o   By releasing the noisy measurements, we give researchers and data scientists the opportunity to independently process the files, complete analysis and assess the confidentiality protections. An example of noisy measurements is available in the 2010 Census Production Settings Redistricting Data (P.L. 94-171) Demonstration Noisy Measurement File (umich.edu).

  • Confidence Intervals. Another technical resource we are developing is confidence intervals for the published tables. Data users could use these intervals to adapt their own analyses, as needed.

    o   To create the intervals, we will simulate running the data through disclosure avoidance and post-processing many times. This will reveal a range for what any given query (such as the number of renter-occupied housing units) would likely be. Data users could have confidence that 90% of the time, the enumerated count falls within that range.

    o   Our goal is to make the confidence intervals available for every query at every level of geography in the DHC. As we continue our research, we’ll know more about the scope of the confidence intervals we can publish.

    o   We are currently testing this approach for creating the confidence intervals using 2010 Census data and plan to extend the research to 2020 Census data soon. We’re still working on the timeline for this research project and will keep the public informed on its progress.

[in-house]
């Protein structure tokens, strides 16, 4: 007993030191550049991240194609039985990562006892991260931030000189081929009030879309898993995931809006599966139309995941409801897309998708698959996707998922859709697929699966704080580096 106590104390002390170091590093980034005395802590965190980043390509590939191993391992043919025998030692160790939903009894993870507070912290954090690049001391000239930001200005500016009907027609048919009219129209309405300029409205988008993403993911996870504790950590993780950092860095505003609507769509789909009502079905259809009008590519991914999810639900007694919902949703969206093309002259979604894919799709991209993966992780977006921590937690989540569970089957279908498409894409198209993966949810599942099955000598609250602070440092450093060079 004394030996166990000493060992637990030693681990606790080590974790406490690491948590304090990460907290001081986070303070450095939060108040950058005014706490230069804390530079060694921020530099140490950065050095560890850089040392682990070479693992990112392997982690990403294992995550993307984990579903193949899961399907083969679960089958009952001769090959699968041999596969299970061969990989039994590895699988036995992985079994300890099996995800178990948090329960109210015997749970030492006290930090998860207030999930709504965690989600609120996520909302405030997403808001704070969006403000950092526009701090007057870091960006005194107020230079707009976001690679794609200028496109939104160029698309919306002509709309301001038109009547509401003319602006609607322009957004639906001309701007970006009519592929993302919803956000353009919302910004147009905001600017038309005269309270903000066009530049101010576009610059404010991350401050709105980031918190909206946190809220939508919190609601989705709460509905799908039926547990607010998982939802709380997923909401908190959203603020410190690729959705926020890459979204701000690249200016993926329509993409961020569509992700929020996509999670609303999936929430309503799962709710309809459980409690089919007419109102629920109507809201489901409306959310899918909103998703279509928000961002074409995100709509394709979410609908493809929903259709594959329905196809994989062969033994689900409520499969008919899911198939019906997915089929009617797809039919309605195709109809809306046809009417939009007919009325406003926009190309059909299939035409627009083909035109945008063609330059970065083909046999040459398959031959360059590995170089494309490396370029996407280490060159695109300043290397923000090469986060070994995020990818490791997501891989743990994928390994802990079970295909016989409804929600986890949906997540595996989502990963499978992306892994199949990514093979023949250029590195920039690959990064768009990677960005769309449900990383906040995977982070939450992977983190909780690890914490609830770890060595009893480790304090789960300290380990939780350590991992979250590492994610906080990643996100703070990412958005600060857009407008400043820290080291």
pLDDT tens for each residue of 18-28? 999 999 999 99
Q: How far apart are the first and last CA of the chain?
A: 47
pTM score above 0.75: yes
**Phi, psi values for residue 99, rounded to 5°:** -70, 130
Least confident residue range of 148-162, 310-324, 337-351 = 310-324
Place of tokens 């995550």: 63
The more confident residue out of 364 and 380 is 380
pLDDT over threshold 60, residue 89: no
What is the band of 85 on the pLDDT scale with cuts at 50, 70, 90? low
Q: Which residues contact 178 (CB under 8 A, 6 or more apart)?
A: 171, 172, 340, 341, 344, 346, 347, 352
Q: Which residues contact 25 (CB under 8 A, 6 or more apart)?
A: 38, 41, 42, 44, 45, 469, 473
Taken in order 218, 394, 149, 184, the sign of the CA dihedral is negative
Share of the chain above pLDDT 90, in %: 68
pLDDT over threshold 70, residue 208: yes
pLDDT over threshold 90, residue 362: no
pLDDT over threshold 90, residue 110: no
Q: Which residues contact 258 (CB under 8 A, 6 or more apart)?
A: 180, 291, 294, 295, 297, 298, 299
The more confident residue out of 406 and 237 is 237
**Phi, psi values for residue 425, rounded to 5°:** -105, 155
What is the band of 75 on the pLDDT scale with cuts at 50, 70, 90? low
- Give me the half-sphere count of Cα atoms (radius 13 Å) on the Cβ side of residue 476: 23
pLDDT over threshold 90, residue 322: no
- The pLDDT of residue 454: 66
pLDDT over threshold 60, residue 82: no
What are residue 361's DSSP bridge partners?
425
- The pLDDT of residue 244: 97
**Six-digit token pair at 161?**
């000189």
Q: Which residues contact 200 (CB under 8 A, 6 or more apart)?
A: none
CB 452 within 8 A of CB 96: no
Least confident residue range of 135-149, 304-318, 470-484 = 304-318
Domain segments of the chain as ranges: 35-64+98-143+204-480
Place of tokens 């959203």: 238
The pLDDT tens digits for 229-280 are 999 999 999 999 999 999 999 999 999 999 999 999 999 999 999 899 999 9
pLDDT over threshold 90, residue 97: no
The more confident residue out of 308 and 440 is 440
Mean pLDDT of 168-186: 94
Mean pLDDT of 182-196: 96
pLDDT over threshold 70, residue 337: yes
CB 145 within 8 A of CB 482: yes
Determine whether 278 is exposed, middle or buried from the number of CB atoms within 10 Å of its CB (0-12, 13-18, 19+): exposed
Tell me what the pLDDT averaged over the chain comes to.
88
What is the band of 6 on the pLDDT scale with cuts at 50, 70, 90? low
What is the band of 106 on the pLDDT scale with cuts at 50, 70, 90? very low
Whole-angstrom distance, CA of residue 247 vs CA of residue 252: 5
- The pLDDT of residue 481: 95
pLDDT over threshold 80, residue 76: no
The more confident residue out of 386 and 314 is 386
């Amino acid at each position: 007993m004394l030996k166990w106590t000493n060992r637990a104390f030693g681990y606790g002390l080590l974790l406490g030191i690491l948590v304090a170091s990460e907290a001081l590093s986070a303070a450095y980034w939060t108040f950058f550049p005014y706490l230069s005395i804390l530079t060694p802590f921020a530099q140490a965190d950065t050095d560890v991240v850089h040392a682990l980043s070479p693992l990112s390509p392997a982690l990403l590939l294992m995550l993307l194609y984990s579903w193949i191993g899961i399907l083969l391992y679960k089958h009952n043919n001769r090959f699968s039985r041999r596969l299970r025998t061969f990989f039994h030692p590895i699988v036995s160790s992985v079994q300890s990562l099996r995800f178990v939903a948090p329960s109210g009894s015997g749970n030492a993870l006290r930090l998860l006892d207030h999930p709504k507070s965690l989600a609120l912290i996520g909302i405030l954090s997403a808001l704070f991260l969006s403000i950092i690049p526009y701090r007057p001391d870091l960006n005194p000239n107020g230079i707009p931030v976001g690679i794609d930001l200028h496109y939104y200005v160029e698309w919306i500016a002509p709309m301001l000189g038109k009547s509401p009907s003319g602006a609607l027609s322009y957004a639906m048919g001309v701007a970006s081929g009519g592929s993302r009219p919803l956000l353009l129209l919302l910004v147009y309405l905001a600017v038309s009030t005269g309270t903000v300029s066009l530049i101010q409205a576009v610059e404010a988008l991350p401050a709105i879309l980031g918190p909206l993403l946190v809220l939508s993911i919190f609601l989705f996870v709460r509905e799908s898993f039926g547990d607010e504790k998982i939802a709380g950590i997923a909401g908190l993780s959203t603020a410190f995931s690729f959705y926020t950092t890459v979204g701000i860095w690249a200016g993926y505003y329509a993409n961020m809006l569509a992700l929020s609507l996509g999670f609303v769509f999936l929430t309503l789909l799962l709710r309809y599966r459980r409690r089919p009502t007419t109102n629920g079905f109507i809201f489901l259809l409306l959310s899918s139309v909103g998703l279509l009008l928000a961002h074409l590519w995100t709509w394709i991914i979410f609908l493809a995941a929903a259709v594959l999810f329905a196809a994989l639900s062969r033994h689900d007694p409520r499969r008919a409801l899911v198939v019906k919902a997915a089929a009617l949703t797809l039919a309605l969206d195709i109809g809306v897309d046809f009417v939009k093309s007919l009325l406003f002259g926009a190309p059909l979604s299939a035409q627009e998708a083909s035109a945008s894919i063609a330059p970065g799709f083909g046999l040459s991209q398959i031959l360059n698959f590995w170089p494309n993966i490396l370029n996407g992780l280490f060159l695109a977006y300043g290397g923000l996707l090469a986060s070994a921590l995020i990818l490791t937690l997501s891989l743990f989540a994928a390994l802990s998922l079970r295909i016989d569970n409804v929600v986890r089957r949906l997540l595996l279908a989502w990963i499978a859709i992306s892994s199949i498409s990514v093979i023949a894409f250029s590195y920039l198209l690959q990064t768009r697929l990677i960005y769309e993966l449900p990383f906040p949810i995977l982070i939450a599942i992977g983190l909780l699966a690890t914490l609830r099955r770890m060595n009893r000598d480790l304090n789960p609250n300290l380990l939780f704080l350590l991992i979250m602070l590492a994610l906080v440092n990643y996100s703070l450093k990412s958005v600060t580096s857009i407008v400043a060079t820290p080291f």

We invite you to sign up for our 2020 Census data products newsletters to receive the updates.


We have worked closely with the data user community to develop the confidentiality protections for the DHC and Demographic Profile. As a result, we are disseminating data fit for a wide variety of uses. Our approach also fulfills our commitment and legal obligation to protect the confidentiality of individuals’ responses to the 2020 Census.

For more information about disclosure avoidance for the 2020 Census, visit the Disclosure Avoidance Modernization webpage and browse our series of briefs.

For more information about the DHC and Demographic Profile, including the content that will be available, visit the press kit and join us for a webinar May 16 at 1 p.m. EDT.

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Page Last Revised - August 21, 2023